Etymology
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puzzle (v.)

1590s, pusle "bewilder, confound, perplex with difficult problems or questions," possibly frequentative of pose (v.) in obsolete sense of "perplex" (compare nuzzle from nose). To puzzle (something) out "resolve or discover by long cogitation or careful investigation" is by 1781. Related: Puzzled; puzzling.

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depose (v.)

c. 1300, "to remove from office, especially from royalty," from Old French deposer (12c.), from de- "down" (see de-) + poser "put, place" (see pose (v.1)). Meaning "testify to, attest," especially "give testimony on oath" is from early 15c.; sense of "take testimony from or examine under oath" is from 1560s. Literal sense of "lay down, let fall" (early 15c.) is obsolete. Related: Deposed; deposing.

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impose (v.)
late 14c., "to lay (a crime, duty, obligation, etc.) to the account of," from Old French imposer "put, place; impute, charge, accuse" (c. 1300), from assimilated form of in- "into, in" (from PIE root *en "in") + poser "put, place" (see pose (v.1)). From c. 1500 as "apply authoritatively." Sense of "lay on as a burden, inflict by force or authority" first recorded 1580s. Related: Imposed; imposer; imposing.
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malapropos (adv.)

"unsuitably, unseasonably," 1660s, from French mal à propos "inopportunely, inappropriately," literally "badly for the purpose," from mal (see mal-) + proposer "to propose, advance, suggest," from pro "forth" (see pro-) + poser "put, place" (see pose (v.1)). As an adjective, "inappropriate, out of place," by 1711.

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repose (v.2)

"to put, place," mid-15c., reposen, "to put (something) back;" perhaps from re- "back, again" + pose (v.) or so formed in Middle English from Old French poser, on model of disposen "dispose" [Klein], or else from Latin repos-, infinitive stem of reponere "put back, set back, replace, restore; put away, lay out, stretch out," from re- + ponere "to put, place" (past participle positus; see position (n.)). Related: Reposed; reposing.

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expose (v.)

early 15c., "to leave without shelter or defense," from Old French esposer, exposer "lay open, set forth, speak one's mind, explain" (13c.), from Latin exponere "set forth, lay open, exhibit, reveal, publish," from ex "from, forth" (see ex-) + ponere "to put, place" (see position (n.)). Altered in French by confusion with poser "to place, lay down" (see pose (v.1)). Meaning "to exhibit openly" is from 1620s; that of "to unmask" is from 1690s. Photographic sense is from 1839. Related: Exposed; exposes; exposing.

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appose (v.)
"to apply" (one thing to another), 1590s, either from French apposer (from a "to;" see ad-, + poser "to place;" see pose (v.1)), or else formed in English from Latin apponere "lay beside, set near; put upon, apply" (see apposite) on analogy of compose, expose, etc. In Middle English, an identical word was a variant spelling of oppose. Related: Apposed; apposing.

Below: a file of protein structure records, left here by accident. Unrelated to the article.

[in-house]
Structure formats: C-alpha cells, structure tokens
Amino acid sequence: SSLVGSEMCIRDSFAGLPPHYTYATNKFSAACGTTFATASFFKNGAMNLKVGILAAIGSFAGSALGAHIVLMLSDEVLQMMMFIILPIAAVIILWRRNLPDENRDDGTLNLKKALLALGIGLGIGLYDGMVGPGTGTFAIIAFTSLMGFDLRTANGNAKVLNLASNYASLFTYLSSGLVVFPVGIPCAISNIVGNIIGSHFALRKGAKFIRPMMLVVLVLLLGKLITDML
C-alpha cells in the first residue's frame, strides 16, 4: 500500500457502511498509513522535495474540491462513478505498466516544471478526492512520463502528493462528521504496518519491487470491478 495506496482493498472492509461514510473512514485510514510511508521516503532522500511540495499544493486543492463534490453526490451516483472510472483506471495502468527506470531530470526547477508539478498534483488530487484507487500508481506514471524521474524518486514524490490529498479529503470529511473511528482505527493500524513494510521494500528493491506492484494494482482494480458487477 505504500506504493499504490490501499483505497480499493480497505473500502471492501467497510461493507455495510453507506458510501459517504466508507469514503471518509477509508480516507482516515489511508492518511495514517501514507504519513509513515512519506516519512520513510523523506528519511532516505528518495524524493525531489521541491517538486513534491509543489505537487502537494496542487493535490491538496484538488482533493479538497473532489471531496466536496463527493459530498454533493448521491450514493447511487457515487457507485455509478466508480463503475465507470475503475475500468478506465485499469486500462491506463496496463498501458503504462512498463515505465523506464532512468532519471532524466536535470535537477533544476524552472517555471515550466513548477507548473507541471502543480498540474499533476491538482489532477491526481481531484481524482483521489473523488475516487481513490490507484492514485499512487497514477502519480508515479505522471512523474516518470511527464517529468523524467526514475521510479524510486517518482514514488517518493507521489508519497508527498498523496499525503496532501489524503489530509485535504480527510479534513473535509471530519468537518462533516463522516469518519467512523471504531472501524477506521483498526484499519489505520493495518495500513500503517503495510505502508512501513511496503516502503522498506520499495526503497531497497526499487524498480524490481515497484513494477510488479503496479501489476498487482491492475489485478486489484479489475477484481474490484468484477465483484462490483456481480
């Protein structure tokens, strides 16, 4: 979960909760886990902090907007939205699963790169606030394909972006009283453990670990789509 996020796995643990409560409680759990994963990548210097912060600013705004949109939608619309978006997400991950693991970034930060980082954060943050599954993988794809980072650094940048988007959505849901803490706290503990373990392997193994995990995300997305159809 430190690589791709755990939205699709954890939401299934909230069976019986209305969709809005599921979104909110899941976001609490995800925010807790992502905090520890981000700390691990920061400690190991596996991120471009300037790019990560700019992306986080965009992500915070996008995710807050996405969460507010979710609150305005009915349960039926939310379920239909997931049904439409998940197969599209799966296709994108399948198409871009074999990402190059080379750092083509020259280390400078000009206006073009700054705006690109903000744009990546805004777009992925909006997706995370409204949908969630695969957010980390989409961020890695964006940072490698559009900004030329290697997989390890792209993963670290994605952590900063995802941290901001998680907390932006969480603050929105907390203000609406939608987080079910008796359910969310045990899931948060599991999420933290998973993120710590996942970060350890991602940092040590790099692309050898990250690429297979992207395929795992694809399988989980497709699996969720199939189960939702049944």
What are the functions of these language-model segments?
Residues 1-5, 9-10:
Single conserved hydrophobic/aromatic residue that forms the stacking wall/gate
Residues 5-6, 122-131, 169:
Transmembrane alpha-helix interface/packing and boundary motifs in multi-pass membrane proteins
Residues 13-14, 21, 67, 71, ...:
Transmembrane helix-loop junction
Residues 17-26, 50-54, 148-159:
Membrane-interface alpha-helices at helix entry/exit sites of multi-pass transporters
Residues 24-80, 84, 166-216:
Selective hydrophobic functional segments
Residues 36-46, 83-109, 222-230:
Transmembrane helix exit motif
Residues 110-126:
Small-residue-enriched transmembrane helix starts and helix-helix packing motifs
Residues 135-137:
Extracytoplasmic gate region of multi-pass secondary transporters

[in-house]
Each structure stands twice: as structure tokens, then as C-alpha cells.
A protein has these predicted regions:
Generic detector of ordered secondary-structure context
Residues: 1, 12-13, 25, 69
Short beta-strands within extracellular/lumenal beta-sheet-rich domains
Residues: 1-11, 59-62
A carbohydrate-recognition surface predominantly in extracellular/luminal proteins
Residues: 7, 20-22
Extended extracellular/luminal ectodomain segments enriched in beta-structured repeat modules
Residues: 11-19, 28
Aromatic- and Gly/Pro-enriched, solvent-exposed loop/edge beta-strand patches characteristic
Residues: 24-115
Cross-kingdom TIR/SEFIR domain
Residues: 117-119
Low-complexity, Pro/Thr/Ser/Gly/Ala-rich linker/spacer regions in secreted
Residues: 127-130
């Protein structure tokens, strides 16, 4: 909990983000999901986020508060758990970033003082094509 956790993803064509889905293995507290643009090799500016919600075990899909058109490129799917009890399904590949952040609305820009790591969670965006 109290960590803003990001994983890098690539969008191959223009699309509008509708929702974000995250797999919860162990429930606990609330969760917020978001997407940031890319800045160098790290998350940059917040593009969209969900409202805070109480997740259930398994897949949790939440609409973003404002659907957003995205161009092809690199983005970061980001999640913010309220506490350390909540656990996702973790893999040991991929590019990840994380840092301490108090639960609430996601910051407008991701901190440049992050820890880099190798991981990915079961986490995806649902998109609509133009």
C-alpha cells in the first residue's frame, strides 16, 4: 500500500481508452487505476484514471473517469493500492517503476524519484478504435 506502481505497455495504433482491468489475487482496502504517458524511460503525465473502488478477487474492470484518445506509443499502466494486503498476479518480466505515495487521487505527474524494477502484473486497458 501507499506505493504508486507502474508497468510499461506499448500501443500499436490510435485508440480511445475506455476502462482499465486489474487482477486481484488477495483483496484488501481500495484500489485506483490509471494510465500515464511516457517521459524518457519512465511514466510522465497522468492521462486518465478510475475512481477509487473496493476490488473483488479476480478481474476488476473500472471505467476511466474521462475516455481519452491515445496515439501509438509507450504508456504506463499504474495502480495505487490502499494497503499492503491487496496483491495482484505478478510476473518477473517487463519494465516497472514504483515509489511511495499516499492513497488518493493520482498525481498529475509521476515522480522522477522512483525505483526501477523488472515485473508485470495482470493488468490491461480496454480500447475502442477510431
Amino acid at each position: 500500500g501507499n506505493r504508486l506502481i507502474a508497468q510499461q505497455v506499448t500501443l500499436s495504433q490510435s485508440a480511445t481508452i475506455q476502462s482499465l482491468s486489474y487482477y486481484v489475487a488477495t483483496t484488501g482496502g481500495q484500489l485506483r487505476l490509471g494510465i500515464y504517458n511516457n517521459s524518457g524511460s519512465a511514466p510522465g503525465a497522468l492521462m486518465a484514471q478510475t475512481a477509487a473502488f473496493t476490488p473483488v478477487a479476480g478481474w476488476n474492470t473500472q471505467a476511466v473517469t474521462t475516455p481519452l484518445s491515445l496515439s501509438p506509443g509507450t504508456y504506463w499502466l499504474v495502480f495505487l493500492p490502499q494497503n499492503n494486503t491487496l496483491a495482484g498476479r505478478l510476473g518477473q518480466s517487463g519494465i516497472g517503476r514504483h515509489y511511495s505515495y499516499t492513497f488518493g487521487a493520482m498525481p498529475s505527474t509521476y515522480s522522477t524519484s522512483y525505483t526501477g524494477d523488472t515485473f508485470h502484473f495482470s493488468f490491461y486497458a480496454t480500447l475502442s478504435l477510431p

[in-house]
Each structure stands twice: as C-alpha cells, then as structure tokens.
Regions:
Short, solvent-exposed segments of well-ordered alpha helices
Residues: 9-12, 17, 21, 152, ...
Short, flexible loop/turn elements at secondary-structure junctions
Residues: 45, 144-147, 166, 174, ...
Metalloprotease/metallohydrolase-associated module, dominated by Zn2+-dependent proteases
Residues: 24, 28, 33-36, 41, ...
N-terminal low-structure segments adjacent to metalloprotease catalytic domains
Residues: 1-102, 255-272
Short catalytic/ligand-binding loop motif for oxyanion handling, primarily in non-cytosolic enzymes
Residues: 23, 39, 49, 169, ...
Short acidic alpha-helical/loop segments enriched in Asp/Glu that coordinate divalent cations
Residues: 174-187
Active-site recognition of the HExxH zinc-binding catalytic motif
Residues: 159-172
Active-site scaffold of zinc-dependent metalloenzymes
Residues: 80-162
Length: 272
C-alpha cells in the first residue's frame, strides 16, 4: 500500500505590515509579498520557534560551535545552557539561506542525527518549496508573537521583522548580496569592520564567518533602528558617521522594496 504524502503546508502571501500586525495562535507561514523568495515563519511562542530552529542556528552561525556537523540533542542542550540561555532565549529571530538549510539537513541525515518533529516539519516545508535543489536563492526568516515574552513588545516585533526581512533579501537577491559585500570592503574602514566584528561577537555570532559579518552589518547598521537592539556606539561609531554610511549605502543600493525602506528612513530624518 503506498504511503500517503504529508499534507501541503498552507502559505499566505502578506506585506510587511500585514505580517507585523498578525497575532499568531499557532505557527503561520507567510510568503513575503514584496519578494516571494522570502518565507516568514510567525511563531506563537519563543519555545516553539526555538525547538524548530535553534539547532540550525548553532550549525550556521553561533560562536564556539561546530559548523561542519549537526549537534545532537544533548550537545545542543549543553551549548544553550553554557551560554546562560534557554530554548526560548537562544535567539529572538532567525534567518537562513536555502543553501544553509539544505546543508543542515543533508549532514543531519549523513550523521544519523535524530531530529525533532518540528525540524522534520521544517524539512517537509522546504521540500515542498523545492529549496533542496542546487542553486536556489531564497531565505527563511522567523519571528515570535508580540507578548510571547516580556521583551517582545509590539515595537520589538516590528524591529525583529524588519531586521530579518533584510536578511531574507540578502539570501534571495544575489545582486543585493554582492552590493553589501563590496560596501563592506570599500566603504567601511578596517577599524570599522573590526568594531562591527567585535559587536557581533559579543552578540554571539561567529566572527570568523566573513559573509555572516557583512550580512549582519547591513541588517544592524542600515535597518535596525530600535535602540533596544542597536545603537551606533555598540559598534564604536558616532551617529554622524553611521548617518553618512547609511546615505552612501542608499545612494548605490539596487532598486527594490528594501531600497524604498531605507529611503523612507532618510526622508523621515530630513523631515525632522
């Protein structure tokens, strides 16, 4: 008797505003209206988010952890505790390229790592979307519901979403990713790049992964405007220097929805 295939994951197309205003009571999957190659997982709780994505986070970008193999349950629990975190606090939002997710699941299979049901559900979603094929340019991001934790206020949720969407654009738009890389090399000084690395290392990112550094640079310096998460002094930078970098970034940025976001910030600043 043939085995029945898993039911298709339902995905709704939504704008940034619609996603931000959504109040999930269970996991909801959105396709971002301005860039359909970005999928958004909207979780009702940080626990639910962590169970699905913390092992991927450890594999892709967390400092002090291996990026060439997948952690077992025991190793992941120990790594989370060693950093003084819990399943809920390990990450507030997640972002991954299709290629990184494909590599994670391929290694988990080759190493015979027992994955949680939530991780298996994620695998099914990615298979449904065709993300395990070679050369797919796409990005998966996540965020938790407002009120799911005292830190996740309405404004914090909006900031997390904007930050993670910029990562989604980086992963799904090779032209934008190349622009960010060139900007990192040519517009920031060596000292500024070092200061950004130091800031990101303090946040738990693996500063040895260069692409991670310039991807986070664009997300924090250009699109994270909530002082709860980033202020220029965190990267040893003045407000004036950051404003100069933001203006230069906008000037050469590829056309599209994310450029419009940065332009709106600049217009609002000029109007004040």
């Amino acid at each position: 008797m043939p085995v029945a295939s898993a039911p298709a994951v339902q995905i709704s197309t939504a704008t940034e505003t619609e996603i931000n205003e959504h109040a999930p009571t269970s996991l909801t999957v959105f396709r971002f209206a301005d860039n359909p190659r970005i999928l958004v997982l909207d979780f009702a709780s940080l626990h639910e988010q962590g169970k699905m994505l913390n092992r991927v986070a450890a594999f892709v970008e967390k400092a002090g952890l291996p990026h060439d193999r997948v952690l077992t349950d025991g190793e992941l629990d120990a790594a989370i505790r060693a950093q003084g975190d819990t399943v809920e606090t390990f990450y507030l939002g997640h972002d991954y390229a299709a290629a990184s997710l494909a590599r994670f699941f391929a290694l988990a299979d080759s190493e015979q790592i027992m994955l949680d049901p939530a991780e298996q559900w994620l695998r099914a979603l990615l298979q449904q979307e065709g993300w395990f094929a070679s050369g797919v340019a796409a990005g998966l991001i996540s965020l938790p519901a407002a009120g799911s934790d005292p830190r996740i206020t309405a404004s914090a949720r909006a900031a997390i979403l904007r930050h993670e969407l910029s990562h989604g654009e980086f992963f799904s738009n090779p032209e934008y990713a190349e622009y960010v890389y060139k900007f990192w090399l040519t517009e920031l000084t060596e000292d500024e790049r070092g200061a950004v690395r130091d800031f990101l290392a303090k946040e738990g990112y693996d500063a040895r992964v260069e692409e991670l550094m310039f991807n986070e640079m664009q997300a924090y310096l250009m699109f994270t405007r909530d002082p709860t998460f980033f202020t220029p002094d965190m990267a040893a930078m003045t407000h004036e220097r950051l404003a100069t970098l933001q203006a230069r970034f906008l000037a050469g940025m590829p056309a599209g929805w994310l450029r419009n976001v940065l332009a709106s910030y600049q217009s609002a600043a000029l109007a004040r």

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oppose (v.)

late 14c., opposen, "to speak or act against; accuse, question, interrogate," from Old French oposer "oppose, resist, rival; contradict, state opposing point of view" (12c.), apparently from assimilated form of Latin ob- "in the direction of, in front of" (see ob-) + French poser "to place, lay down" (see pose (v.1)), with the sense blended with that of Latin opponere "oppose, object to, set against" (see opponent). The meaning "to set or place over against or directly opposite" (transitive) and "interpose effort or objection, be adverse, act adversely" (intransitive) are from 1590s. Related: Opposed; opposing.

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propound (v.)

"put forward, offer for consideration," a mid-16c. variant of Middle English proponen "to put forward, assert" (c. 1400), from Latin proponere "put forth, set forth, lay out, display, expose to view," figuratively "set before the mind; resolve; intend, design," from pro "before" (see pro-) + ponere "to put" (see position (n.)). With unetymological -d, perhaps by influence of compound, expound. The Latin verb in French was superseded by the word that became English propose (for which change see pose (v.1)). Related: Propounded; propounding.

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purpose (v.)
Origin and meaning of purpose

late 14c., purposen, "to intend (to do or be something); put forth for consideration, propose," from Anglo-French purposer "to design," Old French purposer, porposer "to intend, propose," variant of proposer "propose, advance, suggest" (see propose).

Generally with an infinitive. Intransitive sense of "to have intention or design" is by mid-15c. According to Century Dictionary, "The verb should prop. be accented on the last syllable (as in propose, compose, etc.), but it has conformed to the noun," which is wholly from Latin while the verb is partly of different origin (see pose (n.2)).

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